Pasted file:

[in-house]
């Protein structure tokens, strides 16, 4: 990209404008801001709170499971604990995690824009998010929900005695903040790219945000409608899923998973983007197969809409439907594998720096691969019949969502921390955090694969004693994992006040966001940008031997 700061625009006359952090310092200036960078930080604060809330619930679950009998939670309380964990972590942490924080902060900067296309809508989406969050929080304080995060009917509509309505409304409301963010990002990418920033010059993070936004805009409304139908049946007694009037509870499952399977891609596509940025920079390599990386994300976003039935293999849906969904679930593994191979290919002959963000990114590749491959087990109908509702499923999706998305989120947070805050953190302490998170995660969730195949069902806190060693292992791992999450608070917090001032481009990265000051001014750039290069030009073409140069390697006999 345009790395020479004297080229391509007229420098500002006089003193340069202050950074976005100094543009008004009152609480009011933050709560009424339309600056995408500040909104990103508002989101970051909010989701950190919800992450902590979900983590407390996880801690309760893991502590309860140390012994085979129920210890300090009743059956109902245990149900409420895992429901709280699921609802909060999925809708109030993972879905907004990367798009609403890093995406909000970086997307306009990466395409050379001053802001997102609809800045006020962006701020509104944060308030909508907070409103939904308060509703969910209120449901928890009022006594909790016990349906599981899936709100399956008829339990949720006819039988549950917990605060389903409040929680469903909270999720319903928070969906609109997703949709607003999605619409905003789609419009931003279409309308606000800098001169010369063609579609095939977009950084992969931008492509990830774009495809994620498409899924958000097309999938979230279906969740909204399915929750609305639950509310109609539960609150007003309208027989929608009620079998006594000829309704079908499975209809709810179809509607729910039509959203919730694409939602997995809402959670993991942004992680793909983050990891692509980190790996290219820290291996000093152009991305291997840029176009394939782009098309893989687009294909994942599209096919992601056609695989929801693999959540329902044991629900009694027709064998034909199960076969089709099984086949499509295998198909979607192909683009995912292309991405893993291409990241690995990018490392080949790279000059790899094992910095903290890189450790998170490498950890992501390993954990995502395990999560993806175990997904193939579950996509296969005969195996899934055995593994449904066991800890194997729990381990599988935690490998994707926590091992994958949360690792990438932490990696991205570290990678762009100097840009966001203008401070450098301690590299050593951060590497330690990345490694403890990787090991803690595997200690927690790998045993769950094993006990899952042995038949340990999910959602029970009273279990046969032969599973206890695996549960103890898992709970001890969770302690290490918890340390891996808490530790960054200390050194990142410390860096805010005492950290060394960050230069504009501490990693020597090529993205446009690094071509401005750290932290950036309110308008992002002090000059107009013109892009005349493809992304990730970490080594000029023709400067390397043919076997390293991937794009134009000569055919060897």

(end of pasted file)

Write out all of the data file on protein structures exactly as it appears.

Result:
[in-house]
């Protein structure tokens, strides 16, 4: 990209404008801001709170499971604990995690824009998010929900005695903040790219945000409608899923998973983007197969809409439907594998720096691969019949969502921390955090694969004693994992006040966001940008031997 700061625009006359952090310092200036960078930080604060809330619930679950009998939670309380964990972590942490924080902060900067296309809508989406969050929080304080995060009917509509309505409304409301963010990002990418920033010059993070936004805009409304139908049946007694009037509870499952399977891609596509940025920079390599990386994300976003039935293999849906969904679930593994191979290919002959963000990114590749491959087990109908509702499923999706998305989120947070805050953190302490998170995660969730195949069902806190060693292992791992999450608070917090001032481009990265000051001014750039290069030009073409140069390697006999 345009790395020479004297080229391509007229420098500002006089003193340069202050950074976005100094543009008004009152609480009011933050709560009424339309600056995408500040909104990103508002989101970051909010989701950190919800992450902590979900983590407390996880801690309760893991502590309860140390012994085979129920210890300090009743059956109902245990149900409420895992429901709280699921609802909060999925809708109030993972879905907004990367798009609403890093995406909000970086997307306009990466395409050379001053802001997102609809800045006020962006701020509104944060308030909508907070409103939904308060509703969910209120449901928890009022006594909790016990349906599981899936709100399956008829339990949720006819039988549950917990605060389903409040929680469903909270999720319903928070969906609109997703949709607003999605619409905003789609419009931003279409309308606000800098001169010369063609579609095939977009950084992969931008492509990830774009495809994620498409899924958000097309999938979230279906969740909204399915929750609305639950509310109609539960609150007003309208027989929608009620079998006594000829309704079908499975209809709810179809509607729910039509959203919730694409939602997995809402959670993991942004992680793909983050990891692509980190790996290219820290291996000093152009991305291997840029176009394939782009098309893989687009294909994942599209096919992601056609695989929801693999959540329902044991629900009694027709064998034909199960076969089709099984086949499509295998198909979607192909683009995912292309991405893993291409990241690995990018490392080949790279000059790899094992910095903290890189450790998170490498950890992501390993954990995502395990999560993806175990997904193939579950996509296969005969195996899934055995593994449904066991800890194997729990381990599988935690490998994707926590091992994958949360690792990438932490990696991205570290990678762009100097840009966001203008401070450098301690590299050593951060590497330690990345490694403890990787090991803690595997200690927690790998045993769950094993006990899952042995038949340990999910959602029970009273279990046969032969599973206890695996549960103890898992709970001890969770302690290490918890340390891996808490530790960054200390050194990142410390860096805010005492950290060394960050230069504009501490990693020597090529993205446009690094071509401005750290932290950036309110308008992002002090000059107009013109892009005349493809992304990730970490080594000029023709400067390397043919076997390293991937794009134009000569055919060897």